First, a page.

Esther Ehrlich

Esther Ehrlich visited Cape Cod every summer with her parents as a child, and it was this that inspired her to write Nest, her debut novel. She lives in San Francisco, USA.

Rock the Boat: What hobbies do you have that consume you completely in the same way that birdwatching does for Chirp?

Esther Ehrlich: I don’t have a hobby exactly, but I’m a big observer. I love watching everything—the squirrels leaping around the branches in our woodsy backyard; two neighbors in the road having an animated conversation; our pet rabbits, Shlomo and Sassafras, washing their faces with their paws and leaping into the air and lounging lazily in the grass while their ears periscope around, taking in every sound. I get a lot of pleasure just paying attention to what’s going on around me.

Rock the Boat: So what was it really like to grow up in the ’70s in America? Did you sing a lot of songs from HAIR and dance the cancan, like Chirp and Rachel do?

Esther Ehrlich: I definitely knew every word to every song in HAIR, although I didn’t know what all of the words meant until I was older! (As Chirp’s dad in Nest would say, not all of the words were appropriate for a young girl.)  I don’t remember dancing the cancan, but I do remember the joy of rushing into the street in my bathing suit with all of the other kids in our neighborhood in a summer rainstorm and finally, finally cooling off.

Rock the Boat: If you could choose a nickname for yourself, what would it be?

Esther Ehrlich: Hmmm…that’s a tough one. I was a camp counsellor when I was a teenager and the campers, who were about eight-years-old, decided I needed a nickname. They voted and the two top winners were “Butter” and “Poppy.” What does that say about me? I have no idea!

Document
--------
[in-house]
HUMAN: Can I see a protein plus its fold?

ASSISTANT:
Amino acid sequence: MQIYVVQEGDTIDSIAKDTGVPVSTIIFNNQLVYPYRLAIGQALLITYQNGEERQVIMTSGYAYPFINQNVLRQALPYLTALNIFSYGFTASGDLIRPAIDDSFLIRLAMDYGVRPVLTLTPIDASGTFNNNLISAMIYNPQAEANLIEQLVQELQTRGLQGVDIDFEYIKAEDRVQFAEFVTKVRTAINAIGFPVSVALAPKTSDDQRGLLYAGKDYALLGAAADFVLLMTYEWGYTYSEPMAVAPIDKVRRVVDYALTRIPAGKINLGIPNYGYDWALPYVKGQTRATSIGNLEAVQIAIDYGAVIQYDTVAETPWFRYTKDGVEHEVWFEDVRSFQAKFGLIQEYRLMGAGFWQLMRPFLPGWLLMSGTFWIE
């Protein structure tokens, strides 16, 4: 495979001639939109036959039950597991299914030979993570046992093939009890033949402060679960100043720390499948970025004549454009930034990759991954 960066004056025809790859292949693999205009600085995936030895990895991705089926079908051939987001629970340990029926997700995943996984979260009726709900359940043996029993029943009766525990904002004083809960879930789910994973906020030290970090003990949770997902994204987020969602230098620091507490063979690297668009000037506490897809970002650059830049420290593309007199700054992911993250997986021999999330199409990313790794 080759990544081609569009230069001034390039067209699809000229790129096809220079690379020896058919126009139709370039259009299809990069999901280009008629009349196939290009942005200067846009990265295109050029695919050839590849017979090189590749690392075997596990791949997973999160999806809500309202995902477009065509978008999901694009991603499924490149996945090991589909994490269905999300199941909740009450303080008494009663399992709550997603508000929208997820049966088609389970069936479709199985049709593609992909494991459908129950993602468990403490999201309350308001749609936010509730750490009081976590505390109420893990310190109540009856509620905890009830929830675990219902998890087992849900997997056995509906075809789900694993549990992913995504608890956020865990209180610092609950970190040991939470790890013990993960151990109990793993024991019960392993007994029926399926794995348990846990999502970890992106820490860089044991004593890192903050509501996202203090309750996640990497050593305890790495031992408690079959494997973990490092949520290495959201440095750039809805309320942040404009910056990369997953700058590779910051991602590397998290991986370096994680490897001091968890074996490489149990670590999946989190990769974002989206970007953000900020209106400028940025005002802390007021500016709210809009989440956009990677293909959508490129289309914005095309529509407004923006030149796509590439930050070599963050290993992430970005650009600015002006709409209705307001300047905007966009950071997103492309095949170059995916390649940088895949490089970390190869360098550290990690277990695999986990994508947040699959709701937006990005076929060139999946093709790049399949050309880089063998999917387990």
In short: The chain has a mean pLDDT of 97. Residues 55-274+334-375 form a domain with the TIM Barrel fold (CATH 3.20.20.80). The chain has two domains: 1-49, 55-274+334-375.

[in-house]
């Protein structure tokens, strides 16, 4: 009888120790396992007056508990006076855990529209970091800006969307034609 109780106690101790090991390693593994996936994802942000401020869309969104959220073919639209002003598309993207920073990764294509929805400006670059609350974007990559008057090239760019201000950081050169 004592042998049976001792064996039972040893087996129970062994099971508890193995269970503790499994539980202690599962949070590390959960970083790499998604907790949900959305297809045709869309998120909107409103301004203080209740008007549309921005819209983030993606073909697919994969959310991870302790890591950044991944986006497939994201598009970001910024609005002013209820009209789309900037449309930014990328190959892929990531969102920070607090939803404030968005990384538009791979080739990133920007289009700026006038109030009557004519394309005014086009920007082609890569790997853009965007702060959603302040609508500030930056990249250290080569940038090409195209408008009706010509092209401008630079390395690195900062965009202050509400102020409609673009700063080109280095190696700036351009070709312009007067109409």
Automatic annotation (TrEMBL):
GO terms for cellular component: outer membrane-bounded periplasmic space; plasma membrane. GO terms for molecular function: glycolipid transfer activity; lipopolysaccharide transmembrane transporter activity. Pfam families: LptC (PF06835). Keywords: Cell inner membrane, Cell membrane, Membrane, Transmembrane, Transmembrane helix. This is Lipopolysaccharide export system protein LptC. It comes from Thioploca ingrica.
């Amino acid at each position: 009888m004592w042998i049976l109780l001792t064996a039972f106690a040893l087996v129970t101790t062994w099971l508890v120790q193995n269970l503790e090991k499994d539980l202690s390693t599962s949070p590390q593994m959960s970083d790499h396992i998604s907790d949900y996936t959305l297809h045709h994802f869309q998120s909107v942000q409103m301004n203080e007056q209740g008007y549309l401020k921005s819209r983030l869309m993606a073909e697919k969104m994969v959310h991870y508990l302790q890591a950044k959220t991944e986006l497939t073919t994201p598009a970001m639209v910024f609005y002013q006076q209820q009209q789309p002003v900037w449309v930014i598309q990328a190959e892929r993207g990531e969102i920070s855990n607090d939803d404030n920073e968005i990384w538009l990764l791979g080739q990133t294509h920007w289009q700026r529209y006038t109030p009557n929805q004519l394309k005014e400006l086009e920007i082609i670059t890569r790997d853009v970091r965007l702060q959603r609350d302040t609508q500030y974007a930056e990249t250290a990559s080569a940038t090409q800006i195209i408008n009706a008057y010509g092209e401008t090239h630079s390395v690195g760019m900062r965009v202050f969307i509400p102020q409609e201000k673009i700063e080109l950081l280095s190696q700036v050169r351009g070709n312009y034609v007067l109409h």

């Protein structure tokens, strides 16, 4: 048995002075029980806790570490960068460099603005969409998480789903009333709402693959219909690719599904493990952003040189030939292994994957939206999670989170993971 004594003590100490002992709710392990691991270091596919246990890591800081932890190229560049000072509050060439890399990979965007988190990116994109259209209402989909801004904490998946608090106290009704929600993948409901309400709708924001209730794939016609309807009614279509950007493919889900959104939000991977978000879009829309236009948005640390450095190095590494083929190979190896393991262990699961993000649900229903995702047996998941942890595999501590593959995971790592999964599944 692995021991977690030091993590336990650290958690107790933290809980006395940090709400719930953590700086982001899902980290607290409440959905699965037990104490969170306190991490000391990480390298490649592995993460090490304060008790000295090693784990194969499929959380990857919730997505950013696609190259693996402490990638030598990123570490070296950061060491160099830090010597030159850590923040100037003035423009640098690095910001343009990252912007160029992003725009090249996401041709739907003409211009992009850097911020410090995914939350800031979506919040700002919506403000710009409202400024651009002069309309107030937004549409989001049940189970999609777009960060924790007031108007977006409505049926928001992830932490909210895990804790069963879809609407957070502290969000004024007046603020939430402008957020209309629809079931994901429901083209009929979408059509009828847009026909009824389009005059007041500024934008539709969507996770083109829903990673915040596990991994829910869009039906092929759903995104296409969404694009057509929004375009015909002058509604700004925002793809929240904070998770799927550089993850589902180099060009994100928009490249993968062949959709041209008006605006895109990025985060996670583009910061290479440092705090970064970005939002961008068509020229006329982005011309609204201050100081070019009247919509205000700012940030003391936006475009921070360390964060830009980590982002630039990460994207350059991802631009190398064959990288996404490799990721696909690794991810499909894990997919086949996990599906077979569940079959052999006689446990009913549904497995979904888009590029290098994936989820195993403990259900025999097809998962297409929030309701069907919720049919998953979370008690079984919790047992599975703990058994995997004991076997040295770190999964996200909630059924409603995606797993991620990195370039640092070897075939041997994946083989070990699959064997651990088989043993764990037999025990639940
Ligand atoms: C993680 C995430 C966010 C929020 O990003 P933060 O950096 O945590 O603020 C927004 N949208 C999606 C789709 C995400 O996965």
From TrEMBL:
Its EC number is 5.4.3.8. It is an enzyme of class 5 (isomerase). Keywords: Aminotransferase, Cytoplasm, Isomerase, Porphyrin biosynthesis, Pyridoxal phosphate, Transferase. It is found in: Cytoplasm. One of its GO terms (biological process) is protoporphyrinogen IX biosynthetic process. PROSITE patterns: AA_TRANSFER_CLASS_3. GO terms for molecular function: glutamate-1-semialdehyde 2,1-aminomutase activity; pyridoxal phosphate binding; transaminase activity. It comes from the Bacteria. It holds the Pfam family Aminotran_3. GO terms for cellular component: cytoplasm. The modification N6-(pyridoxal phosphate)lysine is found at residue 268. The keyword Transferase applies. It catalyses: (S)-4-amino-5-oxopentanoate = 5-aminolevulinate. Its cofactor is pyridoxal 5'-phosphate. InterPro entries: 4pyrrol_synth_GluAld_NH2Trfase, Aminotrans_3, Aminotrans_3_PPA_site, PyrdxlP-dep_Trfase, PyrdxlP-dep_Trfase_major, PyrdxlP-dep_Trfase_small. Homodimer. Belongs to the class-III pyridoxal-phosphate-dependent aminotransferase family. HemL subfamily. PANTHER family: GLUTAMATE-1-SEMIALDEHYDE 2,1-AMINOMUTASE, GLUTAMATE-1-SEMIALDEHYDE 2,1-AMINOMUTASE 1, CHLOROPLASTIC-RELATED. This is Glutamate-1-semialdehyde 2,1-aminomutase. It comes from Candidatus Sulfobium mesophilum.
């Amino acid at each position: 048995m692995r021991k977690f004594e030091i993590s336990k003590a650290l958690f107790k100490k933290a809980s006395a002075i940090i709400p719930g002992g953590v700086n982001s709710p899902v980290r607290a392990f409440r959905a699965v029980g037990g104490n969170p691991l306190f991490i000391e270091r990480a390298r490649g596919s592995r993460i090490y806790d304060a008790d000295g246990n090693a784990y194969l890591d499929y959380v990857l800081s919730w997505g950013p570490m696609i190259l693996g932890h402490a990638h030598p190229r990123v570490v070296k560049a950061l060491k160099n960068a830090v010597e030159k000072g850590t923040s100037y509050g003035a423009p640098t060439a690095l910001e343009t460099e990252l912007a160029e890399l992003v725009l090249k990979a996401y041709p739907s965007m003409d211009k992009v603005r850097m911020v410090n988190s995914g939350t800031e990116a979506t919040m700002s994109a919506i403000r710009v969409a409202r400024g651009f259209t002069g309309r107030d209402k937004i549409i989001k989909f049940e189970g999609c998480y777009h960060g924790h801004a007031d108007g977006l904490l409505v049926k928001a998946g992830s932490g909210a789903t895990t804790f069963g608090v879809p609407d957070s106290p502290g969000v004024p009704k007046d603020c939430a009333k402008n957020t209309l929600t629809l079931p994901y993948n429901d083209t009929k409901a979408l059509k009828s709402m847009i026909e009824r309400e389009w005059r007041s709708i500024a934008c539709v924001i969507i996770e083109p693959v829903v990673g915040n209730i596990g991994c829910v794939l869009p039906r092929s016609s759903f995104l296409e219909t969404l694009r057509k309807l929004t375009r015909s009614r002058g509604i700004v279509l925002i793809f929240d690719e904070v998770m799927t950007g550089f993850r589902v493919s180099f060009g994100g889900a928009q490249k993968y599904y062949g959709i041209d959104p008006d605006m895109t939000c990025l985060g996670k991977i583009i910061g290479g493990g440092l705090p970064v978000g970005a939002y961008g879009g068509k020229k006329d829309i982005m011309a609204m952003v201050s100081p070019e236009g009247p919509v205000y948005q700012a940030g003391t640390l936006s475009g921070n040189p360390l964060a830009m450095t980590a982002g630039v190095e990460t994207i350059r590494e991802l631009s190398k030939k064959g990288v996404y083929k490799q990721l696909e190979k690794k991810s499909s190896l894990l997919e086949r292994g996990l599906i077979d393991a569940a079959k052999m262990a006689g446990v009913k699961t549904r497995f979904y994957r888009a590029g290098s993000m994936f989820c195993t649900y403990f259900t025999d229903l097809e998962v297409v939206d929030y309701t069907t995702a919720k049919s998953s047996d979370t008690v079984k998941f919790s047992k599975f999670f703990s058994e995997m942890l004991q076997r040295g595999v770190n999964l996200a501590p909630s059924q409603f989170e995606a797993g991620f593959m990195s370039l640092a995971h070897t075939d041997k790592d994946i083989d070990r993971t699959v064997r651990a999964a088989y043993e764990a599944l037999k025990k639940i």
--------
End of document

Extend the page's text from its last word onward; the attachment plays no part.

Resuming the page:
Rock the Boat: I know that Chirp, and Joey and Rachel are fictional characters, but do you still think about them a lot? What was it like to work with these characters for so long?

Esther Ehrlich: Chirp and Joey feel very real to me, still. They’re like very close friends who I haven’t visited in a while. I miss them. While I was writing Nest, it felt like a privilege getting to hang out with Chirp and Joey, discovering who they were, what they cared about. I loved spending time with them.

Rock the Boat: What was your favourite book when you were 10? What’s your favourite book now?

Esther Ehrlich: I loved The Secret Garden when I was young, and I still do! As an adult, the book The Bee Season moved me deeply and has stayed with me over time. I feel compassion for all of the characters, which is important to me.

Rock the Boat: What’s one thing you learned about yourself when you were writing NEST?

Esther Ehrlich: I learned that if I care about something deeply, bumps in the road don’t daunt me. I guess another way to say this is that I discovered my own capacity to be resilient.

Rock the Boat: In five words, how would you describe Cape Cod?

Esther Ehrlich: Bayberry, peace, salt-spray, breathing room, water

Rock the Boat: What were you like when you were a child? Did you always want to be a writer?

Esther Ehrlich: I spent a lot of dreamy, quiet time alone outside. I loved animals and wanted a dog so badly that I got a dog-training manual out of the library and tried to teach my pet rabbits to sit, stay, and come. I liked hanging out with my brother and two sisters, playing made-up games outside like “Stranded-on-a-Deserted-Island.” School was mostly a very positive experience for me. I liked the kids. I liked the teachers. I liked learning stuff (though I was intimidated by math, which is too bad, I think.)

No, I didn’t “always want to be a writer,” though I can’t remember a time when writing wasn’t important to me. I’ve never been a big planner, someone who had her future mapped out. I’ve just kind of followed my nose…

Rock the Boat: If Chirp was a bird, what bird would she be? And what about you?

Esther Ehrlich: I think Chirp would be a bright, curious bird, maybe some kind of finch. Me, too.

Rock the Boat: For any young writers out there–what’s your advice?

Esther Ehrlich: The best advice I can give is to listen, listen, listen to that quiet voice inside you. It knows the story you need to tell. When you’re trying too hard or not hard enough. What your characters really want… And be patient. Patience is a writer’s closest friend.